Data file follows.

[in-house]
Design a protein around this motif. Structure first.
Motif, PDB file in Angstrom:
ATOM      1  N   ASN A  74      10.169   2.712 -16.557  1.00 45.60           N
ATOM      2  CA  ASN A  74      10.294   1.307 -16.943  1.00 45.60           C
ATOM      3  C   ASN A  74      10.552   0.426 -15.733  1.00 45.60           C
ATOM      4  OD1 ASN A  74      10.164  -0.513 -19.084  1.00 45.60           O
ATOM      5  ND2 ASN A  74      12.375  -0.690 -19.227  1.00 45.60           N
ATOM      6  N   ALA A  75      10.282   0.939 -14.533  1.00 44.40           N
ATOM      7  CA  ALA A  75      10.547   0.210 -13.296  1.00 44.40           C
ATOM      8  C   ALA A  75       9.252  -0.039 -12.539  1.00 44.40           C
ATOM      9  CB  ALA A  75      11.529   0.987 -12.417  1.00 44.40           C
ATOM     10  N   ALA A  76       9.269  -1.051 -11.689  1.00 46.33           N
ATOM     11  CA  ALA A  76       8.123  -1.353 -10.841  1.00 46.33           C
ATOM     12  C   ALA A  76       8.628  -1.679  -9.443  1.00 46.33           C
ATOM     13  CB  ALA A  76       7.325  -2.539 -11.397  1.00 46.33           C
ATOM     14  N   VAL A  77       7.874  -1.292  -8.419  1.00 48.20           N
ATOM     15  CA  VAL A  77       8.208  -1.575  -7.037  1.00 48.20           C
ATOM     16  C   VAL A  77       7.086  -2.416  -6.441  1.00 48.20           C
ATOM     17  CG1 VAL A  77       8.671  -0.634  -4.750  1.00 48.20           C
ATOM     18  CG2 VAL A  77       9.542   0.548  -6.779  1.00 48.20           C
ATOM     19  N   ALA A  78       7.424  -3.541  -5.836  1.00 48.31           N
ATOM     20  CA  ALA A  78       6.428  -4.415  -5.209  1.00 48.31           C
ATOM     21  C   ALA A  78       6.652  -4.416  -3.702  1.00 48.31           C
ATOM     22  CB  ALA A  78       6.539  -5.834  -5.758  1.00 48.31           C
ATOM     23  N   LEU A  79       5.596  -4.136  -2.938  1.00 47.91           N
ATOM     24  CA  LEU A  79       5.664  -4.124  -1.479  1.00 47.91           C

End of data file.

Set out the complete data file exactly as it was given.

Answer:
[in-house]
Design a protein around this motif. Structure first.
Motif, PDB file in Angstrom:
ATOM      1  N   ASN A  74      10.169   2.712 -16.557  1.00 45.60           N
ATOM      2  CA  ASN A  74      10.294   1.307 -16.943  1.00 45.60           C
ATOM      3  C   ASN A  74      10.552   0.426 -15.733  1.00 45.60           C
ATOM      4  OD1 ASN A  74      10.164  -0.513 -19.084  1.00 45.60           O
ATOM      5  ND2 ASN A  74      12.375  -0.690 -19.227  1.00 45.60           N
ATOM      6  N   ALA A  75      10.282   0.939 -14.533  1.00 44.40           N
ATOM      7  CA  ALA A  75      10.547   0.210 -13.296  1.00 44.40           C
ATOM      8  C   ALA A  75       9.252  -0.039 -12.539  1.00 44.40           C
ATOM      9  CB  ALA A  75      11.529   0.987 -12.417  1.00 44.40           C
ATOM     10  N   ALA A  76       9.269  -1.051 -11.689  1.00 46.33           N
ATOM     11  CA  ALA A  76       8.123  -1.353 -10.841  1.00 46.33           C
ATOM     12  C   ALA A  76       8.628  -1.679  -9.443  1.00 46.33           C
ATOM     13  CB  ALA A  76       7.325  -2.539 -11.397  1.00 46.33           C
ATOM     14  N   VAL A  77       7.874  -1.292  -8.419  1.00 48.20           N
ATOM     15  CA  VAL A  77       8.208  -1.575  -7.037  1.00 48.20           C
ATOM     16  C   VAL A  77       7.086  -2.416  -6.441  1.00 48.20           C
ATOM     17  CG1 VAL A  77       8.671  -0.634  -4.750  1.00 48.20           C
ATOM     18  CG2 VAL A  77       9.542   0.548  -6.779  1.00 48.20           C
ATOM     19  N   ALA A  78       7.424  -3.541  -5.836  1.00 48.31           N
ATOM     20  CA  ALA A  78       6.428  -4.415  -5.209  1.00 48.31           C
ATOM     21  C   ALA A  78       6.652  -4.416  -3.702  1.00 48.31           C
ATOM     22  CB  ALA A  78       6.539  -5.834  -5.758  1.00 48.31           C
ATOM     23  N   LEU A  79       5.596  -4.136  -2.938  1.00 47.91           N
ATOM     24  CA  LEU A  79       5.664  -4.124  -1.479  1.00 47.91           C